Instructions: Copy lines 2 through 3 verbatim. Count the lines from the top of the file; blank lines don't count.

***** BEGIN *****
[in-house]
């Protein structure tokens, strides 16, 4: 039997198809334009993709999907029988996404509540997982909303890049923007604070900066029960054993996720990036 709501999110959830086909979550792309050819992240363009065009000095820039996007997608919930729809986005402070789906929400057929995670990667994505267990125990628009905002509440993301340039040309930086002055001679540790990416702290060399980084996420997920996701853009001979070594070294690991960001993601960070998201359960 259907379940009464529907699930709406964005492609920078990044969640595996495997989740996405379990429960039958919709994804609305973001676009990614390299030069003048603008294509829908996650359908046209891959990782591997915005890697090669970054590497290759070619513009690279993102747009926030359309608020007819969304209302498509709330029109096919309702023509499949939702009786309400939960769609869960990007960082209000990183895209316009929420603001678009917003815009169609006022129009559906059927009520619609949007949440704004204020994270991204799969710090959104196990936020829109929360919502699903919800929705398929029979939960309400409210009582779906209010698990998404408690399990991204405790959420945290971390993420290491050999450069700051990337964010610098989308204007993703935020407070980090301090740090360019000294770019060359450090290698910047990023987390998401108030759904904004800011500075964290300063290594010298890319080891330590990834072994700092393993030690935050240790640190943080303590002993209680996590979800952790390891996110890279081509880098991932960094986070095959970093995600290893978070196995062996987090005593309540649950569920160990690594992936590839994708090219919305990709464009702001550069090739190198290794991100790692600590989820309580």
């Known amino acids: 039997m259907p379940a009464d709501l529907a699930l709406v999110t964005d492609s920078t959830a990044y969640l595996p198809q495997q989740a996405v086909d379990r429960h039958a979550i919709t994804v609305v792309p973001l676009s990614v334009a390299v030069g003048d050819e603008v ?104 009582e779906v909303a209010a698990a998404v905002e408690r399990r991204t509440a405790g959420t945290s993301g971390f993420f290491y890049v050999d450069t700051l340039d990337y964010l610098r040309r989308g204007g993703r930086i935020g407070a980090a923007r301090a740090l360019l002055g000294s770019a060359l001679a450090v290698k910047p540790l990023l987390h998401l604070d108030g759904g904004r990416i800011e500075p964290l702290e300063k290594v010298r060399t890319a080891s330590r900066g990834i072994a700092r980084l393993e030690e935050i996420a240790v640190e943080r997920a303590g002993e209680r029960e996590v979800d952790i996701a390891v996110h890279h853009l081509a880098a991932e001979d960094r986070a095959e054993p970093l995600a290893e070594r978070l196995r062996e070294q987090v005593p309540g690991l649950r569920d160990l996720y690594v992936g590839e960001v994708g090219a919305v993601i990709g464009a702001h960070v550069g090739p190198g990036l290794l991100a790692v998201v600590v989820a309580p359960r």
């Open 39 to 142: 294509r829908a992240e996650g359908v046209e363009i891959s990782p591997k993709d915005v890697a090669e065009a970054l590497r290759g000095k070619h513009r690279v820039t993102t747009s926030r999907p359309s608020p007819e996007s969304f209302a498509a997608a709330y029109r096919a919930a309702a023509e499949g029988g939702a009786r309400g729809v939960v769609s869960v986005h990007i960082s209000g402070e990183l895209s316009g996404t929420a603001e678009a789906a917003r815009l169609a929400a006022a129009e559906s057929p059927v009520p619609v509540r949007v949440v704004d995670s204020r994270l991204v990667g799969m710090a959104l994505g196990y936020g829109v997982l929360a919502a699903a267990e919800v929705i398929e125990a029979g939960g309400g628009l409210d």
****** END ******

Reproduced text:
């Protein structure tokens, strides 16, 4: 039997198809334009993709999907029988996404509540997982909303890049923007604070900066029960054993996720990036 709501999110959830086909979550792309050819992240363009065009000095820039996007997608919930729809986005402070789906929400057929995670990667994505267990125990628009905002509440993301340039040309930086002055001679540790990416702290060399980084996420997920996701853009001979070594070294690991960001993601960070998201359960 259907379940009464529907699930709406964005492609920078990044969640595996495997989740996405379990429960039958919709994804609305973001676009990614390299030069003048603008294509829908996650359908046209891959990782591997915005890697090669970054590497290759070619513009690279993102747009926030359309608020007819969304209302498509709330029109096919309702023509499949939702009786309400939960769609869960990007960082209000990183895209316009929420603001678009917003815009169609006022129009559906059927009520619609949007949440704004204020994270991204799969710090959104196990936020829109929360919502699903919800929705398929029979939960309400409210009582779906209010698990998404408690399990991204405790959420945290971390993420290491050999450069700051990337964010610098989308204007993703935020407070980090301090740090360019000294770019060359450090290698910047990023987390998401108030759904904004800011500075964290300063290594010298890319080891330590990834072994700092393993030690935050240790640190943080303590002993209680996590979800952790390891996110890279081509880098991932960094986070095959970093995600290893978070196995062996987090005593309540649950569920160990690594992936590839994708090219919305990709464009702001550069090739190198290794991100790692600590989820309580």
């Known amino acids: 039997m259907p379940a009464d709501l529907a699930l709406v999110t964005d492609s920078t959830a990044y969640l595996p198809q495997q989740a996405v086909d379990r429960h039958a979550i919709t994804v609305v792309p973001l676009s990614v334009a390299v030069g003048d050819e603008v ?104 009582e779906v909303a209010a698990a998404v905002e408690r399990r991204t509440a405790g959420t945290s993301g971390f993420f290491y890049v050999d450069t700051l340039d990337y964010l610098r040309r989308g204007g993703r930086i935020g407070a980090a923007r301090a740090l360019l002055g000294s770019a060359l001679a450090v290698k910047p540790l990023l987390h998401l604070d108030g759904g904004r990416i800011e500075p964290l702290e300063k290594v010298r060399t890319a080891s330590r900066g990834i072994a700092r980084l393993e030690e935050i996420a240790v640190e943080r997920a303590g002993e209680r029960e996590v979800d952790i996701a390891v996110h890279h853009l081509a880098a991932e001979d960094r986070a095959e054993p970093l995600a290893e070594r978070l196995r062996e070294q987090v005593p309540g690991l649950r569920d160990l996720y690594v992936g590839e960001v994708g090219a919305v993601i990709g464009a702001h960070v550069g090739p190198g990036l290794l991100a790692v998201v600590v989820a309580p359960r």